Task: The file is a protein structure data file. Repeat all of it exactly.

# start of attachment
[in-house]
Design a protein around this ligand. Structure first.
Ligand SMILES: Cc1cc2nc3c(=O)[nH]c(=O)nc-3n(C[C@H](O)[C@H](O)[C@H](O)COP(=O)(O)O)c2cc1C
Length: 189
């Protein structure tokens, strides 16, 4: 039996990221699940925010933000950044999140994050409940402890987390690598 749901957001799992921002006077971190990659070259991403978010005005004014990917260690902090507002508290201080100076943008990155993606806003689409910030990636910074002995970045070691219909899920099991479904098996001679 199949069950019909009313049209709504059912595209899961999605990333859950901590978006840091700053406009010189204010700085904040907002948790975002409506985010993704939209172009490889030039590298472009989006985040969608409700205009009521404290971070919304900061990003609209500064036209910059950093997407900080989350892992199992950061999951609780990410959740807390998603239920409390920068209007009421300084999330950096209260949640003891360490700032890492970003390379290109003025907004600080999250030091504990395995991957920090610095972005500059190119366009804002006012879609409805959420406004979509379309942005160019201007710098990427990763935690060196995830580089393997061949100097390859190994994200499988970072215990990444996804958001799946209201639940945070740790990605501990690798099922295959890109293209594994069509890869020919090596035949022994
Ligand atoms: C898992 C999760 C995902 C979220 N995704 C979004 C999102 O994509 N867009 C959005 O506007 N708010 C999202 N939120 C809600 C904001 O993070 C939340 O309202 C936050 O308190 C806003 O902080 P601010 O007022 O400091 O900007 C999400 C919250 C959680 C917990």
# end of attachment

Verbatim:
[in-house]
Design a protein around this ligand. Structure first.
Ligand SMILES: Cc1cc2nc3c(=O)[nH]c(=O)nc-3n(C[C@H](O)[C@H](O)[C@H](O)COP(=O)(O)O)c2cc1C
Length: 189
């Protein structure tokens, strides 16, 4: 039996990221699940925010933000950044999140994050409940402890987390690598 749901957001799992921002006077971190990659070259991403978010005005004014990917260690902090507002508290201080100076943008990155993606806003689409910030990636910074002995970045070691219909899920099991479904098996001679 199949069950019909009313049209709504059912595209899961999605990333859950901590978006840091700053406009010189204010700085904040907002948790975002409506985010993704939209172009490889030039590298472009989006985040969608409700205009009521404290971070919304900061990003609209500064036209910059950093997407900080989350892992199992950061999951609780990410959740807390998603239920409390920068209007009421300084999330950096209260949640003891360490700032890492970003390379290109003025907004600080999250030091504990395995991957920090610095972005500059190119366009804002006012879609409805959420406004979509379309942005160019201007710098990427990763935690060196995830580089393997061949100097390859190994994200499988970072215990990444996804958001799946209201639940945070740790990605501990690798099922295959890109293209594994069509890869020919090596035949022994
Ligand atoms: C898992 C999760 C995902 C979220 N995704 C979004 C999102 O994509 N867009 C959005 O506007 N708010 C999202 N939120 C809600 C904001 O993070 C939340 O309202 C936050 O308190 C806003 O902080 P601010 O007022 O400091 O900007 C999400 C919250 C959680 C917990």